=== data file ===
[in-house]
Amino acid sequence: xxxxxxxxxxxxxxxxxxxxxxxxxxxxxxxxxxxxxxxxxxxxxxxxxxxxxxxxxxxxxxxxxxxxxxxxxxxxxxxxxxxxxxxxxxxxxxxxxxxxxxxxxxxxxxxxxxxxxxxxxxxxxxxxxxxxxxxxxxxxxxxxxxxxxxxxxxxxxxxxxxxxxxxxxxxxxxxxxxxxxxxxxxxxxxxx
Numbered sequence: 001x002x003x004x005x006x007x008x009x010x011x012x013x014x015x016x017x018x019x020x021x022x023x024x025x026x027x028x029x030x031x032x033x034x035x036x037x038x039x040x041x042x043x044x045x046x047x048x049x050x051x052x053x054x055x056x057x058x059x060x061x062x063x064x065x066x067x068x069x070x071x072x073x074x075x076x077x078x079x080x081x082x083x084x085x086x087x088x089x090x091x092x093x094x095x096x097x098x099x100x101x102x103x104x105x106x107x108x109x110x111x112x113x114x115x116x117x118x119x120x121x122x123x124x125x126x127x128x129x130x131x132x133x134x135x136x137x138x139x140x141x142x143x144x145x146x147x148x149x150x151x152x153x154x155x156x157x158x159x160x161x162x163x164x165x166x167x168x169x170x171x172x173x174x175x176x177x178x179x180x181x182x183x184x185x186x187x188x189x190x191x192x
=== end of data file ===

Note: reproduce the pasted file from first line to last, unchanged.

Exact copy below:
[in-house]
Amino acid sequence: xxxxxxxxxxxxxxxxxxxxxxxxxxxxxxxxxxxxxxxxxxxxxxxxxxxxxxxxxxxxxxxxxxxxxxxxxxxxxxxxxxxxxxxxxxxxxxxxxxxxxxxxxxxxxxxxxxxxxxxxxxxxxxxxxxxxxxxxxxxxxxxxxxxxxxxxxxxxxxxxxxxxxxxxxxxxxxxxxxxxxxxxxxxxxxxx
Numbered sequence: 001x002x003x004x005x006x007x008x009x010x011x012x013x014x015x016x017x018x019x020x021x022x023x024x025x026x027x028x029x030x031x032x033x034x035x036x037x038x039x040x041x042x043x044x045x046x047x048x049x050x051x052x053x054x055x056x057x058x059x060x061x062x063x064x065x066x067x068x069x070x071x072x073x074x075x076x077x078x079x080x081x082x083x084x085x086x087x088x089x090x091x092x093x094x095x096x097x098x099x100x101x102x103x104x105x106x107x108x109x110x111x112x113x114x115x116x117x118x119x120x121x122x123x124x125x126x127x128x129x130x131x132x133x134x135x136x137x138x139x140x141x142x143x144x145x146x147x148x149x150x151x152x153x154x155x156x157x158x159x160x161x162x163x164x165x166x167x168x169x170x171x172x173x174x175x176x177x178x179x180x181x182x183x184x185x186x187x188x189x190x191x192x